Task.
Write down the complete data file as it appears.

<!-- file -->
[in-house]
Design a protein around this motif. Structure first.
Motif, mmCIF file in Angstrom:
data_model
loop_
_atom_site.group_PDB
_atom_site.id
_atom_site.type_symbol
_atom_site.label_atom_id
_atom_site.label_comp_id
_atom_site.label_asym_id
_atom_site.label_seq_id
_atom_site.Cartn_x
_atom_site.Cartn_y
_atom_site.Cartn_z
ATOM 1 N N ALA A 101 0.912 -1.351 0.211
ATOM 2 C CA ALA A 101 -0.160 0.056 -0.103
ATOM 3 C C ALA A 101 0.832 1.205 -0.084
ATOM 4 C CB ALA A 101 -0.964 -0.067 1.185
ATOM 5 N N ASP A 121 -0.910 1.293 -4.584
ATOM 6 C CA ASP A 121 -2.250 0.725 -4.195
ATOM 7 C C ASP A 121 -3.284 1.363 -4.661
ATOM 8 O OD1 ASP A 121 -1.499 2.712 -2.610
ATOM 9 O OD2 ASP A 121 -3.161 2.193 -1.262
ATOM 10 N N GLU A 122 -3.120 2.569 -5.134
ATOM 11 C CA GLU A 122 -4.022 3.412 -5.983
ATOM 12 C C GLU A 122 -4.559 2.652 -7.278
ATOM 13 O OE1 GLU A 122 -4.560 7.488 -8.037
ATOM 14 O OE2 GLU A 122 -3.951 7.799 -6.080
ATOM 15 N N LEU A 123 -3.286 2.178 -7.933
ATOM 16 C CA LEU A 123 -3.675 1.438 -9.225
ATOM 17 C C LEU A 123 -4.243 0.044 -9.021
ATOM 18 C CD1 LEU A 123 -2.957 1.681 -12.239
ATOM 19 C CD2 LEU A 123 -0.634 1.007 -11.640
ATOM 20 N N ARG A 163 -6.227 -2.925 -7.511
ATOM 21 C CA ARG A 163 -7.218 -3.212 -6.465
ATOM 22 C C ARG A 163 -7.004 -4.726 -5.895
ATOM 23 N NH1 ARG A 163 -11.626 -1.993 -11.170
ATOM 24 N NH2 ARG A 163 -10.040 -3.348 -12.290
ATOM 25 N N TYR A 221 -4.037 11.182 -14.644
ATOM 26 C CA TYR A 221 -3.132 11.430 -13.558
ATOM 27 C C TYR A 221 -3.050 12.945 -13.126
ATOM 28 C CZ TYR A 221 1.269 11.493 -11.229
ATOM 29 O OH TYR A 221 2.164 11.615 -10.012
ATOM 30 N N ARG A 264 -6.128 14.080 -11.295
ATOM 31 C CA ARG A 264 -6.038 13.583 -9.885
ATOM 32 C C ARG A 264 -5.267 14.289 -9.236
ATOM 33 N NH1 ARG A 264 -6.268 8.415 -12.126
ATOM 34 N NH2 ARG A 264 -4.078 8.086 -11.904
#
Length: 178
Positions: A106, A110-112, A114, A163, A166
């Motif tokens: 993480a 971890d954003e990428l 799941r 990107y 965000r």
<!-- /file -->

[in-house]
Design a protein around this motif. Structure first.
Motif, mmCIF file in Angstrom:
data_model
loop_
_atom_site.group_PDB
_atom_site.id
_atom_site.type_symbol
_atom_site.label_atom_id
_atom_site.label_comp_id
_atom_site.label_asym_id
_atom_site.label_seq_id
_atom_site.Cartn_x
_atom_site.Cartn_y
_atom_site.Cartn_z
ATOM 1 N N ALA A 101 0.912 -1.351 0.211
ATOM 2 C CA ALA A 101 -0.160 0.056 -0.103
ATOM 3 C C ALA A 101 0.832 1.205 -0.084
ATOM 4 C CB ALA A 101 -0.964 -0.067 1.185
ATOM 5 N N ASP A 121 -0.910 1.293 -4.584
ATOM 6 C CA ASP A 121 -2.250 0.725 -4.195
ATOM 7 C C ASP A 121 -3.284 1.363 -4.661
ATOM 8 O OD1 ASP A 121 -1.499 2.712 -2.610
ATOM 9 O OD2 ASP A 121 -3.161 2.193 -1.262
ATOM 10 N N GLU A 122 -3.120 2.569 -5.134
ATOM 11 C CA GLU A 122 -4.022 3.412 -5.983
ATOM 12 C C GLU A 122 -4.559 2.652 -7.278
ATOM 13 O OE1 GLU A 122 -4.560 7.488 -8.037
ATOM 14 O OE2 GLU A 122 -3.951 7.799 -6.080
ATOM 15 N N LEU A 123 -3.286 2.178 -7.933
ATOM 16 C CA LEU A 123 -3.675 1.438 -9.225
ATOM 17 C C LEU A 123 -4.243 0.044 -9.021
ATOM 18 C CD1 LEU A 123 -2.957 1.681 -12.239
ATOM 19 C CD2 LEU A 123 -0.634 1.007 -11.640
ATOM 20 N N ARG A 163 -6.227 -2.925 -7.511
ATOM 21 C CA ARG A 163 -7.218 -3.212 -6.465
ATOM 22 C C ARG A 163 -7.004 -4.726 -5.895
ATOM 23 N NH1 ARG A 163 -11.626 -1.993 -11.170
ATOM 24 N NH2 ARG A 163 -10.040 -3.348 -12.290
ATOM 25 N N TYR A 221 -4.037 11.182 -14.644
ATOM 26 C CA TYR A 221 -3.132 11.430 -13.558
ATOM 27 C C TYR A 221 -3.050 12.945 -13.126
ATOM 28 C CZ TYR A 221 1.269 11.493 -11.229
ATOM 29 O OH TYR A 221 2.164 11.615 -10.012
ATOM 30 N N ARG A 264 -6.128 14.080 -11.295
ATOM 31 C CA ARG A 264 -6.038 13.583 -9.885
ATOM 32 C C ARG A 264 -5.267 14.289 -9.236
ATOM 33 N NH1 ARG A 264 -6.268 8.415 -12.126
ATOM 34 N NH2 ARG A 264 -4.078 8.086 -11.904
#
Length: 178
Positions: A106, A110-112, A114, A163, A166
């Motif tokens: 993480a 971890d954003e990428l 799941r 990107y 965000r």